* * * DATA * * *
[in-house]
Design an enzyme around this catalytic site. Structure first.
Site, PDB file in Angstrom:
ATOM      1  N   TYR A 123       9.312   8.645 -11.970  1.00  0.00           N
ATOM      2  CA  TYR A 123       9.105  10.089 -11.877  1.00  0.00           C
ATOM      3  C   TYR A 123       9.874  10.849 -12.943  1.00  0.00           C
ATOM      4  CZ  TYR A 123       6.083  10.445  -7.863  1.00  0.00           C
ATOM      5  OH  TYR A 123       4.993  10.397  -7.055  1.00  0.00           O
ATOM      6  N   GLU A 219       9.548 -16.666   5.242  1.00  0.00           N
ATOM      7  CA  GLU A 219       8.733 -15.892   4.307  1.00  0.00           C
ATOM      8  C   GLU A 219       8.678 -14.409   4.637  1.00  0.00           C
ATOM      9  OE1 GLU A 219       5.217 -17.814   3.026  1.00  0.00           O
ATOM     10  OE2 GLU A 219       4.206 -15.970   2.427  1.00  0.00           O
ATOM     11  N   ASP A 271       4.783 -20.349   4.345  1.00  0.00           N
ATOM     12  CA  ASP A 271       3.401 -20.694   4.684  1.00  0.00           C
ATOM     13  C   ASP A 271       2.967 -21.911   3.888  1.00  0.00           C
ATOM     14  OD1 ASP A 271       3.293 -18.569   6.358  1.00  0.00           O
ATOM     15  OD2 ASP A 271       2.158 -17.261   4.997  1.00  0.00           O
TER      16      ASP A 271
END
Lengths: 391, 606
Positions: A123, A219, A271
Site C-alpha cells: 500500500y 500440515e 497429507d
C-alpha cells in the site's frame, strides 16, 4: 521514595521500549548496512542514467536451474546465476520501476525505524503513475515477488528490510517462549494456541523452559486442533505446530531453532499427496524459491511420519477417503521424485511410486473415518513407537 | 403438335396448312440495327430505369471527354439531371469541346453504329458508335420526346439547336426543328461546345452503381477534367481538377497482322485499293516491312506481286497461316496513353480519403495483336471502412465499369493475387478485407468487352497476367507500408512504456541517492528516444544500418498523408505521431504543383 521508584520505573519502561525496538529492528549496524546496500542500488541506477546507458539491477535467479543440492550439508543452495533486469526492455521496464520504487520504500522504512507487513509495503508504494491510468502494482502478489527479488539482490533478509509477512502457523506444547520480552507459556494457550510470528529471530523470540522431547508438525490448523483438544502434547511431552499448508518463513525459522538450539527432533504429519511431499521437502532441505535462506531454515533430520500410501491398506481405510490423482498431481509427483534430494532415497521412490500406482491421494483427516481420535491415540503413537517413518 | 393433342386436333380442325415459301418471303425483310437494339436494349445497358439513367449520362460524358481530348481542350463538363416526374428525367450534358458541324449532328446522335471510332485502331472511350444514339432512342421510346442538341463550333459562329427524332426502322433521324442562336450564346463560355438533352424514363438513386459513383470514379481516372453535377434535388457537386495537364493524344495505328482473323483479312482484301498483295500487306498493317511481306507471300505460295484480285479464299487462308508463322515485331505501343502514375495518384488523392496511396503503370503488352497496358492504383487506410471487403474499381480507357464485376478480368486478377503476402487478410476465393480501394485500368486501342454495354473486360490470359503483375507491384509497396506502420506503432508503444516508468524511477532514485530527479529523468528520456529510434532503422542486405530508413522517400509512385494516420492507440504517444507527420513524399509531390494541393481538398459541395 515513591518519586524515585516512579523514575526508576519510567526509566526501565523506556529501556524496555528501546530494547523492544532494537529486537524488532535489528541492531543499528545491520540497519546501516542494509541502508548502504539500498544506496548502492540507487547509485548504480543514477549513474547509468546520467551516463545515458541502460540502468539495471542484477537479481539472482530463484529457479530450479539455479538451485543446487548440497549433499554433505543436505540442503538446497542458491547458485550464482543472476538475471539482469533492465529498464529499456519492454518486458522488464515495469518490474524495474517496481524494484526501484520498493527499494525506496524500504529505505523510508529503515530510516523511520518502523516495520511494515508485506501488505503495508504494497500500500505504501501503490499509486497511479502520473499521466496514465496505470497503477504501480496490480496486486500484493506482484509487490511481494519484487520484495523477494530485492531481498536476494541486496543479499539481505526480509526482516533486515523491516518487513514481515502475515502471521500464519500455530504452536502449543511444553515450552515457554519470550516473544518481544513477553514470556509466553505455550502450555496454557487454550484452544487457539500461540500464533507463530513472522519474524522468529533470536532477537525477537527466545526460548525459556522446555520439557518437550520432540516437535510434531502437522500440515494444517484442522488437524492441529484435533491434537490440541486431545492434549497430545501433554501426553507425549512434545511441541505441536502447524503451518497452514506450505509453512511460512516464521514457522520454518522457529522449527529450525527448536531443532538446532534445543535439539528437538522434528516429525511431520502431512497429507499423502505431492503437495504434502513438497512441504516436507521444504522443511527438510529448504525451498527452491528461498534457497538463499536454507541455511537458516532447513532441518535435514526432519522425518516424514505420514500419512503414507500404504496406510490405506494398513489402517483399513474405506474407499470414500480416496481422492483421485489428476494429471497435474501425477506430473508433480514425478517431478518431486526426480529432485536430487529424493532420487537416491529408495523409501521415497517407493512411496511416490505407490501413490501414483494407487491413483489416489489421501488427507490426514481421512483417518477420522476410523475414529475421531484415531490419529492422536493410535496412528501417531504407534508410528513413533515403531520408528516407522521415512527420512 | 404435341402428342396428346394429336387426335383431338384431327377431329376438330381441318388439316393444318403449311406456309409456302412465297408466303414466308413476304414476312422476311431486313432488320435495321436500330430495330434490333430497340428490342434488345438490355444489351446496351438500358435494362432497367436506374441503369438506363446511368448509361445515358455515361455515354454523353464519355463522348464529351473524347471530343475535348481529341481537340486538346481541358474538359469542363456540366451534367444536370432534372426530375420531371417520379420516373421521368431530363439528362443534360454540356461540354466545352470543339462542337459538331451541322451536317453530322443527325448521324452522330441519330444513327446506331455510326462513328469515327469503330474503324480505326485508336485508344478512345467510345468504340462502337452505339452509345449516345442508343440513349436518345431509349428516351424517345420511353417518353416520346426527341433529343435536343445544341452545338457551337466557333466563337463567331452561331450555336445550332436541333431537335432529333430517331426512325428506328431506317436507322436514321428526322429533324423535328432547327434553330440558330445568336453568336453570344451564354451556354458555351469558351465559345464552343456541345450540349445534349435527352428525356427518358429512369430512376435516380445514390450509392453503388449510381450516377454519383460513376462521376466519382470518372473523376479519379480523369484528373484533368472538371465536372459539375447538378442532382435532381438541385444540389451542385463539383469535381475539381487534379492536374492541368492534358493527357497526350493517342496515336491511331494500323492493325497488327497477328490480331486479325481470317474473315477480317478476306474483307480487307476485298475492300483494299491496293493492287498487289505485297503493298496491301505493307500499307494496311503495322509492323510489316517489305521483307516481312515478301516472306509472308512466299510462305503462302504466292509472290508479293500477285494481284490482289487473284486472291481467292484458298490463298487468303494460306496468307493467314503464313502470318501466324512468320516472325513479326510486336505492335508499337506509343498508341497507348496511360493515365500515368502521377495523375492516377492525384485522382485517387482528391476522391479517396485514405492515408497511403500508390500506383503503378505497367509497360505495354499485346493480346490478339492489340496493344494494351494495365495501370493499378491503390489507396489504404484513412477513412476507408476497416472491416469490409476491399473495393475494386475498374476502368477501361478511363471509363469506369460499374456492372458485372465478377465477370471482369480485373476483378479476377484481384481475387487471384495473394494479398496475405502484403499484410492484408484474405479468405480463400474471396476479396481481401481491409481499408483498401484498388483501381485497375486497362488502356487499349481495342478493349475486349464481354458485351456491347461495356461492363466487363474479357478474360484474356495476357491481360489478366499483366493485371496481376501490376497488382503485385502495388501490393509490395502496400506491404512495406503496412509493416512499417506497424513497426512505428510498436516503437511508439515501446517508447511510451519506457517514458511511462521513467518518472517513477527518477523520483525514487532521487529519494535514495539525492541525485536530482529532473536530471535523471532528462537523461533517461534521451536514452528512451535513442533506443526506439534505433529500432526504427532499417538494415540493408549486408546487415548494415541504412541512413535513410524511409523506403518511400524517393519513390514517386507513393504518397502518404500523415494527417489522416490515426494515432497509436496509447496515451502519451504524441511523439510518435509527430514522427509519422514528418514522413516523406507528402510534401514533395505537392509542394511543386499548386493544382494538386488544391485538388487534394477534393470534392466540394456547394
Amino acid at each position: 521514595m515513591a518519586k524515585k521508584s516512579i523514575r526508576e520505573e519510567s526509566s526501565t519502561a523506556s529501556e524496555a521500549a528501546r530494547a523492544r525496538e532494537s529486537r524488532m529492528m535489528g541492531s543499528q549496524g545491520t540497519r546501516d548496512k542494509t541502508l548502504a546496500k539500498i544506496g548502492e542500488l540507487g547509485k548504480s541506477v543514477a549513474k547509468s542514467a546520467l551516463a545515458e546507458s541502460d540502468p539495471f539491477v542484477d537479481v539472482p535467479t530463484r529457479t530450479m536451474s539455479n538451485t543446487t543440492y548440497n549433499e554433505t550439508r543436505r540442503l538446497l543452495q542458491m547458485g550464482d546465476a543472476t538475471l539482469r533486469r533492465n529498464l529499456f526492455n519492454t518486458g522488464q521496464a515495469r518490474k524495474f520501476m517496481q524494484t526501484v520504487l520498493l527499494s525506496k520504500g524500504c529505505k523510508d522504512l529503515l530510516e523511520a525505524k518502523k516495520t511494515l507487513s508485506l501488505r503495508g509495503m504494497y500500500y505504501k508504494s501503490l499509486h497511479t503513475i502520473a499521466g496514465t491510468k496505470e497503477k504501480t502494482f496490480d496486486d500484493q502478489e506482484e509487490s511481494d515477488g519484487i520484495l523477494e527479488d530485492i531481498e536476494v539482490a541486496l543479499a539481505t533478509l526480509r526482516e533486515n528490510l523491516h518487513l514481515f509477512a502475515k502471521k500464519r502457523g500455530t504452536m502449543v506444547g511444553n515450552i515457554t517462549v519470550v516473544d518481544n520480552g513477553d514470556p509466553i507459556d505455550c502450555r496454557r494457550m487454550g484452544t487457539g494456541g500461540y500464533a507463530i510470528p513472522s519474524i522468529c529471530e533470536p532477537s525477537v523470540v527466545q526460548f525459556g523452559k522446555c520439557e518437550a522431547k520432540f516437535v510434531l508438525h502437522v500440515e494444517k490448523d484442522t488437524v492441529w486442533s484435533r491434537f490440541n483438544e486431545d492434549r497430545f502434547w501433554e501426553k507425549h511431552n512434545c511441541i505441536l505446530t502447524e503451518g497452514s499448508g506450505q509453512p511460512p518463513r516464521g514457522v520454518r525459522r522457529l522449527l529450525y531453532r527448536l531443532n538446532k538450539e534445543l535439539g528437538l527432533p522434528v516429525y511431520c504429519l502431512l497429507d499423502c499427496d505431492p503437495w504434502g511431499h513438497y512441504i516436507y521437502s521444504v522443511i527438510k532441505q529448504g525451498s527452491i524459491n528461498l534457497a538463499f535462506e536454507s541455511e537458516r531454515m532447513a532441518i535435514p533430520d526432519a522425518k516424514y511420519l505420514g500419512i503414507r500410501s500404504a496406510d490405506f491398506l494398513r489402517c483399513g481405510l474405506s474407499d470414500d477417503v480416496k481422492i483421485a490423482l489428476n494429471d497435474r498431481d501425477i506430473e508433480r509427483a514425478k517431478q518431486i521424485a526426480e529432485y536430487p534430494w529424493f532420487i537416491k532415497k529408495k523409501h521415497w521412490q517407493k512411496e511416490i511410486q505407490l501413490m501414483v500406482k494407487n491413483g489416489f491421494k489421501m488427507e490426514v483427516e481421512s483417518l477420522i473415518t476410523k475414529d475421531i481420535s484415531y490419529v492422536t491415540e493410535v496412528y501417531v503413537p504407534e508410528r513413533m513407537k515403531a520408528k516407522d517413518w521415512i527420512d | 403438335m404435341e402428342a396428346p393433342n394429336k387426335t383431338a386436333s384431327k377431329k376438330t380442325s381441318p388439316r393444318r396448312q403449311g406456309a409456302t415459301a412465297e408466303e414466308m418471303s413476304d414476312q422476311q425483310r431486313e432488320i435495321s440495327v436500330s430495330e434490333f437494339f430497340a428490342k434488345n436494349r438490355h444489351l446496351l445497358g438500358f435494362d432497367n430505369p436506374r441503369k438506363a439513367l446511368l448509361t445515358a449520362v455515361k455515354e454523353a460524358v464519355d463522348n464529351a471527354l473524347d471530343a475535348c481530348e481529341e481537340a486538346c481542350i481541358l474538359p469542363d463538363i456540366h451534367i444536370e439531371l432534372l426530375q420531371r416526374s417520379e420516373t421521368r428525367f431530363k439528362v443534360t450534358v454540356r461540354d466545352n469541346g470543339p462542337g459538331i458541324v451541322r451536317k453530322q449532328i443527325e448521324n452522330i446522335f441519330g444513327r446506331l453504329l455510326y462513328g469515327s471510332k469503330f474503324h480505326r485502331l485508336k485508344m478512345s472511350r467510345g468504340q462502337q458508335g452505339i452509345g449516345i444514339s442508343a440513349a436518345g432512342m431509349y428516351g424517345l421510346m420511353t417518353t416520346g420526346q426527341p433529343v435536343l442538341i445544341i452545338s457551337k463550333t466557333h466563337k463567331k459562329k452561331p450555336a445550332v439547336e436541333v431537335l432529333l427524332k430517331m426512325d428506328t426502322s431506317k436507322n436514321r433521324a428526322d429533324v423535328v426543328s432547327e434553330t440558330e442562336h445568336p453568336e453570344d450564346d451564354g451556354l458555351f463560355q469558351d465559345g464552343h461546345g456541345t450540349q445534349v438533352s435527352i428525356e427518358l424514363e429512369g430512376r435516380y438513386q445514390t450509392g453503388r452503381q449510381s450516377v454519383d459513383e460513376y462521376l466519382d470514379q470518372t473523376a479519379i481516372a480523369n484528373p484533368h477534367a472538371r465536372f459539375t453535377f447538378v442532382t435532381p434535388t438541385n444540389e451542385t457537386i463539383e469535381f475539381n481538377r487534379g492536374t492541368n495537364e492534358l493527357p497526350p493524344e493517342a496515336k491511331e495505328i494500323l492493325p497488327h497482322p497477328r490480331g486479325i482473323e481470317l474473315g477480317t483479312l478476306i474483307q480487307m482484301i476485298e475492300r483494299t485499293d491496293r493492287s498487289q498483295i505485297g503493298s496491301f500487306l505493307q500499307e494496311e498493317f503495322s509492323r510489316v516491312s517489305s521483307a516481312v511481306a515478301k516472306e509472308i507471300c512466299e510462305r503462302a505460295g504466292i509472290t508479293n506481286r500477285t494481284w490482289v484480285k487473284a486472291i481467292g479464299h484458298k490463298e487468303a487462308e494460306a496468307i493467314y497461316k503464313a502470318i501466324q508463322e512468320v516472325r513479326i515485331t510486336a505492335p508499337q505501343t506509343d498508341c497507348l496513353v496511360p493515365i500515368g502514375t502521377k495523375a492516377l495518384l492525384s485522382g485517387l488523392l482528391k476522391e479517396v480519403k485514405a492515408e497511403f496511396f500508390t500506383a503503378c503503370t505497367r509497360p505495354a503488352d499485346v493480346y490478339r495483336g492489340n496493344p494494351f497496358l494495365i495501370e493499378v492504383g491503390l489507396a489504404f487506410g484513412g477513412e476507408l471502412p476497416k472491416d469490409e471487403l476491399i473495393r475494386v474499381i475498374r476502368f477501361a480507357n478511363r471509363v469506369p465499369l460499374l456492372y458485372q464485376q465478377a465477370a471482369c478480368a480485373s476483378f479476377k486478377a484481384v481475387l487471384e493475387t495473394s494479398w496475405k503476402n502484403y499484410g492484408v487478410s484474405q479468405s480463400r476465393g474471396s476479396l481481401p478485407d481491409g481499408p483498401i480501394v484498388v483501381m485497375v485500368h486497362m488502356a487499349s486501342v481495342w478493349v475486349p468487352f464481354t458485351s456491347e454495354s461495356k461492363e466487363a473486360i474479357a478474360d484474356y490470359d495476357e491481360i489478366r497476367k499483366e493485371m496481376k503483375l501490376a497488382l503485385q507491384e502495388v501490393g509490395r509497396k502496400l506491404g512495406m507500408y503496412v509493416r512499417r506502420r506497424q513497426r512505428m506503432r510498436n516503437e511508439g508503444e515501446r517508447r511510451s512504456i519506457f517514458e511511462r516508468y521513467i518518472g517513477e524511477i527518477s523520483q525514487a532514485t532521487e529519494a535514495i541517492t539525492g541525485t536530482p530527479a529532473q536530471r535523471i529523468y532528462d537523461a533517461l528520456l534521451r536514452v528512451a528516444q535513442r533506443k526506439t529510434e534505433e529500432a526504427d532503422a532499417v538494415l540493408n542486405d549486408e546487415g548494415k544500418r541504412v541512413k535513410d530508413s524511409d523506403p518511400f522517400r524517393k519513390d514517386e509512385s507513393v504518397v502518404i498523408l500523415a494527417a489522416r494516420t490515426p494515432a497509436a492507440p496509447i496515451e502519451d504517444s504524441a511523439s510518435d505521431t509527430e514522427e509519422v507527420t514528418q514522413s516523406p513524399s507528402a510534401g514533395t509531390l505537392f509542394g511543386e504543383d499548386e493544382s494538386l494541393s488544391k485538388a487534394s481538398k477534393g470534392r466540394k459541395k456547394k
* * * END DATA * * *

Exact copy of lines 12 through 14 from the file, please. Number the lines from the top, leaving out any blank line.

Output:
ATOM      9  OE1 GLU A 219       5.217 -17.814   3.026  1.00  0.00           O
ATOM     10  OE2 GLU A 219       4.206 -15.970   2.427  1.00  0.00           O
ATOM     11  N   ASP A 271       4.783 -20.349   4.345  1.00  0.00           N